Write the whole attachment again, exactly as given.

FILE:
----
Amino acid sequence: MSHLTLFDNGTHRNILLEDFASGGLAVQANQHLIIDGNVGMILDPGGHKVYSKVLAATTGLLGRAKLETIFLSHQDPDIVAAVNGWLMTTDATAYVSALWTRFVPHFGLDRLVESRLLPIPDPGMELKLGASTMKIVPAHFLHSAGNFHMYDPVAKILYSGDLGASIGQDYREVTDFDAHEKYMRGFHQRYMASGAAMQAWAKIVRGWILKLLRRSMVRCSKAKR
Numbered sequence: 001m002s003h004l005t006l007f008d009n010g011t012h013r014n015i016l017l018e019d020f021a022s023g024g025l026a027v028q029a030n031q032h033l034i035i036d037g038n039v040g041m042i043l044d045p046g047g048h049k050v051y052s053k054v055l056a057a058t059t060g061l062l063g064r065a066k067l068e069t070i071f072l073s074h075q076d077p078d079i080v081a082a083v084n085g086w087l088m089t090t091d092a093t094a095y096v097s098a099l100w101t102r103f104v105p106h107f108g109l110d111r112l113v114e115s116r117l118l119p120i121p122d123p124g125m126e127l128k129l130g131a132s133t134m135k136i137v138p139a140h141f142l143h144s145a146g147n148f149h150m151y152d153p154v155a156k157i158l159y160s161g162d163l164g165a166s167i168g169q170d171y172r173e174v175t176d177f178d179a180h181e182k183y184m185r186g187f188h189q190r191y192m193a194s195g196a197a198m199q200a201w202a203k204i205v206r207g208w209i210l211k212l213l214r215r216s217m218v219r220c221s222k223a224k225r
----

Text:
Amino acid sequence: MSHLTLFDNGTHRNILLEDFASGGLAVQANQHLIIDGNVGMILDPGGHKVYSKVLAATTGLLGRAKLETIFLSHQDPDIVAAVNGWLMTTDATAYVSALWTRFVPHFGLDRLVESRLLPIPDPGMELKLGASTMKIVPAHFLHSAGNFHMYDPVAKILYSGDLGASIGQDYREVTDFDAHEKYMRGFHQRYMASGAAMQAWAKIVRGWILKLLRRSMVRCSKAKR
Numbered sequence: 001m002s003h004l005t006l007f008d009n010g011t012h013r014n015i016l017l018e019d020f021a022s023g024g025l026a027v028q029a030n031q032h033l034i035i036d037g038n039v040g041m042i043l044d045p046g047g048h049k050v051y052s053k054v055l056a057a058t059t060g061l062l063g064r065a066k067l068e069t070i071f072l073s074h075q076d077p078d079i080v081a082a083v084n085g086w087l088m089t090t091d092a093t094a095y096v097s098a099l100w101t102r103f104v105p106h107f108g109l110d111r112l113v114e115s116r117l118l119p120i121p122d123p124g125m126e127l128k129l130g131a132s133t134m135k136i137v138p139a140h141f142l143h144s145a146g147n148f149h150m151y152d153p154v155a156k157i158l159y160s161g162d163l164g165a166s167i168g169q170d171y172r173e174v175t176d177f178d179a180h181e182k183y184m185r186g187f188h189q190r191y192m193a194s195g196a197a198m199q200a201w202a203k204i205v206r207g208w209i210l211k212l213l214r215r216s217m218v219r220c221s222k223a224k225r